Halo – Halo measures the amount of bloom produced by sources of light. The higher the halo value, the greater the bloom. If you’re into photography, you’ll recognize this as the Bokeh effect produced by out-of-focus light sources. Halo is typically measured at values usually between 0.5 and 1. Halo can have a pretty big negative impact on overall night vision performance and clarity, especially in urban environments. In fact, it’s one value this writer personally prefers to keep low over most others including overall FOM.

A tube with a halo value of 0.6 might appear to have half the amount of bloom from a single light source, if compared to another, similarly-spec’d tube with a halo value of 0.8. That’s a 50% increase in bloom for a 25% increase in actual halo value. A good tube should have a halo value of about 0.7. A high-end tube will have a value closer to 0.5.

Spots – Last, but not least, is the thing that will piss off any neurotic NVG user: tube spots. Spots are small black marks present in the outputted image. Think of spots like dead pixels on your smartphone screen or TV.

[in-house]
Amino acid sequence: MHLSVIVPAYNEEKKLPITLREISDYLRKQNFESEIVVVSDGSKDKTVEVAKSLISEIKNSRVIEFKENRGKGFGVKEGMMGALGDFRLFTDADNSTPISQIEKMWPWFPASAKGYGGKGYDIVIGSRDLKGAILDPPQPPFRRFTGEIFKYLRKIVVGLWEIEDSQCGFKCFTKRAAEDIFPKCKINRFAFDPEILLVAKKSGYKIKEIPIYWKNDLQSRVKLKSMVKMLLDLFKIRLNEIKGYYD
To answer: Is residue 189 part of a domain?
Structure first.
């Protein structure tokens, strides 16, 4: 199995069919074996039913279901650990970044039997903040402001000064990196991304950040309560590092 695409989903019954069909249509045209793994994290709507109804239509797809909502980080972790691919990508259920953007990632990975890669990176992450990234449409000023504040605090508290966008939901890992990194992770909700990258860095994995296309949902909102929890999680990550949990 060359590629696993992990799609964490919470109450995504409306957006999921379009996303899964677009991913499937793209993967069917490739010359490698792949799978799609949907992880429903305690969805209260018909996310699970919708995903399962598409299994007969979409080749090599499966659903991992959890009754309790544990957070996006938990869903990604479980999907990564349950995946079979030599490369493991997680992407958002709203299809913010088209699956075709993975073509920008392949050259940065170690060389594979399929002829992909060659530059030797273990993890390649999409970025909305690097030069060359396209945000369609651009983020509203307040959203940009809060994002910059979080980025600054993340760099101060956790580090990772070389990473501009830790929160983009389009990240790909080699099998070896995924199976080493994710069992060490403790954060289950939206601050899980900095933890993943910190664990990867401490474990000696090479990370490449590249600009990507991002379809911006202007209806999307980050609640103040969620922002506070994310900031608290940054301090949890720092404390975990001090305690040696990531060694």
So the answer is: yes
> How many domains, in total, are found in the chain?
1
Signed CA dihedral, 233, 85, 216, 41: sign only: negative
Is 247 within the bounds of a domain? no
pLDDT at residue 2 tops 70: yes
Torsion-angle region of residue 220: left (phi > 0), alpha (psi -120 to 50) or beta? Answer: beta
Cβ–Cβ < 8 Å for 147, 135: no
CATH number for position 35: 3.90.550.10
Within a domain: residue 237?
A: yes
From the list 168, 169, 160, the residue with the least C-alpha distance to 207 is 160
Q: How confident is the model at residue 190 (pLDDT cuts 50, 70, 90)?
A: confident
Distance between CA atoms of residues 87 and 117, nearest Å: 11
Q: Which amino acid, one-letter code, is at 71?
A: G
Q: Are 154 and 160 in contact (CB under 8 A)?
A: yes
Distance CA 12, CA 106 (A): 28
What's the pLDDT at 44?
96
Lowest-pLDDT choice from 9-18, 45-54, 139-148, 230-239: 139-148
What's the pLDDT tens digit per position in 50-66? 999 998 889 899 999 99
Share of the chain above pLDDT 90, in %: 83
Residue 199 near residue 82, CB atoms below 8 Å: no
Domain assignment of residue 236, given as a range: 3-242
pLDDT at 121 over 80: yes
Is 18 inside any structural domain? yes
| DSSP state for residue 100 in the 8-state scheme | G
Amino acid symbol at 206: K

night vision

In practice, spots are usually not something to worry too much about. Tubes’ spots are categorized by zones within the image: Zone 1 is the center 25% of the image. Zone 2 measures the middle 50%, and zone 3 measures the outer 25%. In the above example (a white phosphor PVS-14), we can see two spots in zones 2 and 3. Spots can develop during the tubes’ manufacturing process. Crafting image intensifiers is simply a challenging process and many new, Gen 3 tubes will have a small spot, or two.

Spots can also form over time from bright lights, even with autogating. Red dots from optics and bright lamps – even, in rare cases, viewing a full moon – can damage the tube and leave a spot. Now you’re learned up on night vision, and you can start shopping around for a good optic, monocular, or set of goggles. Check out the latest night vision stuff we saw at SHOT Show 2023, like Holosun’s new night vision optic.

The post Buying Night Vision – The Specs That Matter, Explained appeared first on AllOutdoor.com.

Read the full article here...
See less See more
1 - 1 of 1 Posts
1 - 1 of 1 Posts